Jim Campbell’s Discorrelated Images


Last evening I had the pleasure of discussing Jim Campbell’s work with him at the Anderson Collection at Stanford, where he has a wonderful exhibition of LED-based works up right now. It was a far-ranging discussion, in a packed gallery, and great fun all around. Here are my opening remarks:

Before we start our conversation, I have the honor of offering some framing thoughts about Jim Campbell’s work. I want to use this opportunity to put that work into dialogue with some of my own interests and concerns as a theorist of the intersection between computational and moving-image media. I am concerned, in other words, with the historical and phenomenological encounter between the invisible processing of digital information and the visible forms that result from it—and it is precisely this encounter that Jim’s LED-based artworks enact or perform in a variety of thought-provokingly deformative ways. This is to say that his work, by means of occluding, blocking, and de-focusing our view, ironically makes perceptible the very mismatch between perception and computational processing that lies at the heart of digital video as it circulates online, on our smartphones, on DVDs and BluRays, on digital cable and satellite TV, and in the digital projection systems of contemporary movie theaters. In all of those contexts, digital processing remains resolutely invisible to perception (except, that is, through exceptional moments of glitching, buffering, and the like); but, those exceptional and denigrated moments aside, the perceptual “content” of digital video is privileged, thus blinding us to the ways that the medial form of video’s computational processing is changing the very parameters of our embodied perception, or the ways that, as Canadian media theorist Marshall McLuhan put it, our “sensory ratios” are being reformed by our encounter with a new media environment.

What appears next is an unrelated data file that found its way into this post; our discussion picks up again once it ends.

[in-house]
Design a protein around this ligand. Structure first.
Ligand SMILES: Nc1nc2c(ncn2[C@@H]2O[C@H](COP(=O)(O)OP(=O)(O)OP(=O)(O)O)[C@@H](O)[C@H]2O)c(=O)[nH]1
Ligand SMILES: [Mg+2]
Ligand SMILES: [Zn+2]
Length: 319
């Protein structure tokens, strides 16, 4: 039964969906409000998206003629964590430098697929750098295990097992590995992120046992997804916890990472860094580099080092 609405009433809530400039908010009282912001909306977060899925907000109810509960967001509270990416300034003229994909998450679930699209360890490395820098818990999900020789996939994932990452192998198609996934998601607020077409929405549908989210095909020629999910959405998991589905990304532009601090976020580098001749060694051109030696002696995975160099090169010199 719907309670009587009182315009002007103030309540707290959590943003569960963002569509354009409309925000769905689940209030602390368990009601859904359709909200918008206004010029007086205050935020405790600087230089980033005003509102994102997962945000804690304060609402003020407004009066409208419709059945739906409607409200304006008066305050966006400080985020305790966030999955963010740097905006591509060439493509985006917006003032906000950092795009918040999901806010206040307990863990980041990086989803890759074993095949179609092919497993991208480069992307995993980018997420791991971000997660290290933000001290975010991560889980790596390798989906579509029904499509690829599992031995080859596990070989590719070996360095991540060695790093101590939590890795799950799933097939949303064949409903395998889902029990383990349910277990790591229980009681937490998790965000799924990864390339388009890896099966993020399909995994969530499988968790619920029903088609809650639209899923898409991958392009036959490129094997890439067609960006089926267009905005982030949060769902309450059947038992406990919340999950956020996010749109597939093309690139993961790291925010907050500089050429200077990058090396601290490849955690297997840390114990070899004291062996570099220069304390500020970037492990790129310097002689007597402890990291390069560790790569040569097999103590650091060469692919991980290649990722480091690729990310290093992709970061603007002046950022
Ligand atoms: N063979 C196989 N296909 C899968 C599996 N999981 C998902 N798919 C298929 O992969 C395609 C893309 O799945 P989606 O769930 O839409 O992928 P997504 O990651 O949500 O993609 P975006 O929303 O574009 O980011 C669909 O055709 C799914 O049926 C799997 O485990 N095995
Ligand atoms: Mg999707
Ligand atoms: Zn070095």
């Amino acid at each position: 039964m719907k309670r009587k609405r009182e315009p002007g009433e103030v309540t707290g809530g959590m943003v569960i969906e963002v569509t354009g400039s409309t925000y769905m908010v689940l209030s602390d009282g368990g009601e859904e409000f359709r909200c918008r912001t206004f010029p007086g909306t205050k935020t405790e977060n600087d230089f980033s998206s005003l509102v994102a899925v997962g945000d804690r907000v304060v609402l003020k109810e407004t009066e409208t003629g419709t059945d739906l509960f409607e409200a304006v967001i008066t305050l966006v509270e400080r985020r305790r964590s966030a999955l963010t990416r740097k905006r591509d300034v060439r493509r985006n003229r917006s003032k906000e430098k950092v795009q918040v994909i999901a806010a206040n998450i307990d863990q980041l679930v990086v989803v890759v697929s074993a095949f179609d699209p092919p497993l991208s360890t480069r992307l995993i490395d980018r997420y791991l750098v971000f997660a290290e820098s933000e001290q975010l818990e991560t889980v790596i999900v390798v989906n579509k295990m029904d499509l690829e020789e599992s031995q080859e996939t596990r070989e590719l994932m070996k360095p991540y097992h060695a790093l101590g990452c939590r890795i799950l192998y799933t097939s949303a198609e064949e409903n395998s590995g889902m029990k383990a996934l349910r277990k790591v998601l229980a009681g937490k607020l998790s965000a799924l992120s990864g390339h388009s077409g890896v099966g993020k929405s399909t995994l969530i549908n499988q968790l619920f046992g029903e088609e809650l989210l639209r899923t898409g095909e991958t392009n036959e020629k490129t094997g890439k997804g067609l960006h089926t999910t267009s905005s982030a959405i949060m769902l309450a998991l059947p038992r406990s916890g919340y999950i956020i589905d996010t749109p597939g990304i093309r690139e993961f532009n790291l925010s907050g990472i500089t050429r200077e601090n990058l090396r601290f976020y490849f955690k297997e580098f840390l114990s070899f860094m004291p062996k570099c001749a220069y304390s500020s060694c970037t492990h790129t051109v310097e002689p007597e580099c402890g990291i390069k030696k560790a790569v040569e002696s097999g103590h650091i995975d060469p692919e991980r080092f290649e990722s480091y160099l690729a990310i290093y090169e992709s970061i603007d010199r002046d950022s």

By re-valorizing the exceptional, or that which disrupts or impedes the easy transmission of visual “content,” Jim’s work offers an oblique view of the hidden parameters of this new environment; he makes what I call the “discorrelation” between our perception and its infrastructure perceptible—if only in a necessarily incomplete and volatile form. And the volatility of these operations is key: Jim’s works keep our eyes and our bodies moving, making us move now closer and then farther away, causing us to squint and then relax our focus, in order to catch a glimpse of something figural, recognizable, the so-called “content” of the moving images. Certainly, this content is not irrelevant, but it is hardly the ultimate telos or desideratum towards which the work directs our attention. The works are not simple puzzles that are “solved” once we identify their contents. Rather, the incessant oscillation between perception and non-perception, between seeing and not seeing, would seem to be closer to the point, as it is this oscillation that keeps everything at play, unsettling basic categories and forms. We shift our focus between individual LEDs, the screen or wall upon which they reflect, and an indirect, sometimes volumetric illumination of bodies or objects in motion. Our perception doesn’t come to rest upon a stable object or meaning, and this instability infects the broader conceptual context within which our perception is situated: Jim’s work upsets and makes us question so many basic distinctions—for example, between video art and sculpture, between art and engineering, between material substrates and perceptual forms, between perception and imagination. Through his destabilization of perception, he re-opens also the gap between art and technology, a gap created around the time of the industrial revolution, when thinkers like Immanuel Kant helped engineer a split between the aesthetic and the technical, or between the fine arts and the applied arts. Earlier, both the Greek term techne and the Latin ars referred indiscriminately to both arts and technologies. Now, the poets were to work with words while the engineers worked on steam engines; artists concerned themselves with the non-utilitarian forms of aesthetic experience while technologists made the machines that kept the factories running. However, in the space cleared between art and technology, a third thing emerged, a common ground for aesthetic and technological production alike: namely, media in its modern sense. A medium in this sense is not reducible to its “content” in a narrow way; rather, it is something that straddles perceptual form and infrastructure. Take, for example, the way the Sunday comics capitalized on innovations in four-color printing processes, or the way cinema responded to synchronized sound with new genres like the musical or the horror film, which involves its spectator through an offscreen space of screams and bumps in the night. It is in this sense that McLuhan proclaimed that “the medium is the message”—a claim that he explained with the example of the light bulb, a content-less medium, the message of which is the electrification of the world and the resulting transformation of agency, perception, and social relation. In order to explore the message or the meaning of more recent shifts in the media environment, Jim replaces McLuhan’s light bulb with LEDs—the same light emitting diodes that provide backlighting for flatscreen computer monitors and television sets, that power digital projectors, or that illuminate our increasingly “smart” homes. Routing perception through these characteristically digital-era lights, and powering them by way of unseen “custom electronics,” Jim defocuses intentional perception, foregrounds the obfuscation of infrastructure, and indirectly illuminates a media environment in which computation has finally (arguably) rendered the industrial-era split between art and technology untenable.